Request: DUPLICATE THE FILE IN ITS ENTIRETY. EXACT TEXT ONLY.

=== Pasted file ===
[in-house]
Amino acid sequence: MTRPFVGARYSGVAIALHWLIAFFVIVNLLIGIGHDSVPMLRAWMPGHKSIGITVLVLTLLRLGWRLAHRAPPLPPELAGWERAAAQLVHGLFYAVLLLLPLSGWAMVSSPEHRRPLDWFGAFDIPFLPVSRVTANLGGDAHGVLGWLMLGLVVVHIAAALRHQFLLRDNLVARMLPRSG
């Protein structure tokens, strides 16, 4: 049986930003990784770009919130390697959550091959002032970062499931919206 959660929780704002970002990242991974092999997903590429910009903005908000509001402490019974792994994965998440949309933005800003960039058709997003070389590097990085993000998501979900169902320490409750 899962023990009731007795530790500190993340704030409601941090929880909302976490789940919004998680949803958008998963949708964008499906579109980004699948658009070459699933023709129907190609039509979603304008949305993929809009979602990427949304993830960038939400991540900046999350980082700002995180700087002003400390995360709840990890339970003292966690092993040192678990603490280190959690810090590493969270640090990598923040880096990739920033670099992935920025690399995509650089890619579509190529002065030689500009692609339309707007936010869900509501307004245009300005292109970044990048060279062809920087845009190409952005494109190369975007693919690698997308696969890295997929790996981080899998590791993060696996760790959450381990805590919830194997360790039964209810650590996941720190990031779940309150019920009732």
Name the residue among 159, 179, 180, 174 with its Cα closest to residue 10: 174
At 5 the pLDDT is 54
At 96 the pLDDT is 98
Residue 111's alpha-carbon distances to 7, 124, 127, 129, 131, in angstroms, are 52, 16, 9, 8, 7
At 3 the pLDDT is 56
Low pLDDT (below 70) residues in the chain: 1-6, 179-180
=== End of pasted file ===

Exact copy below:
[in-house]
Amino acid sequence: MTRPFVGARYSGVAIALHWLIAFFVIVNLLIGIGHDSVPMLRAWMPGHKSIGITVLVLTLLRLGWRLAHRAPPLPPELAGWERAAAQLVHGLFYAVLLLLPLSGWAMVSSPEHRRPLDWFGAFDIPFLPVSRVTANLGGDAHGVLGWLMLGLVVVHIAAALRHQFLLRDNLVARMLPRSG
């Protein structure tokens, strides 16, 4: 049986930003990784770009919130390697959550091959002032970062499931919206 959660929780704002970002990242991974092999997903590429910009903005908000509001402490019974792994994965998440949309933005800003960039058709997003070389590097990085993000998501979900169902320490409750 899962023990009731007795530790500190993340704030409601941090929880909302976490789940919004998680949803958008998963949708964008499906579109980004699948658009070459699933023709129907190609039509979603304008949305993929809009979602990427949304993830960038939400991540900046999350980082700002995180700087002003400390995360709840990890339970003292966690092993040192678990603490280190959690810090590493969270640090990598923040880096990739920033670099992935920025690399995509650089890619579509190529002065030689500009692609339309707007936010869900509501307004245009300005292109970044990048060279062809920087845009190409952005494109190369975007693919690698997308696969890295997929790996981080899998590791993060696996760790959450381990805590919830194997360790039964209810650590996941720190990031779940309150019920009732």
Name the residue among 159, 179, 180, 174 with its Cα closest to residue 10: 174
At 5 the pLDDT is 54
At 96 the pLDDT is 98
Residue 111's alpha-carbon distances to 7, 124, 127, 129, 131, in angstroms, are 52, 16, 9, 8, 7
At 3 the pLDDT is 56
Low pLDDT (below 70) residues in the chain: 1-6, 179-180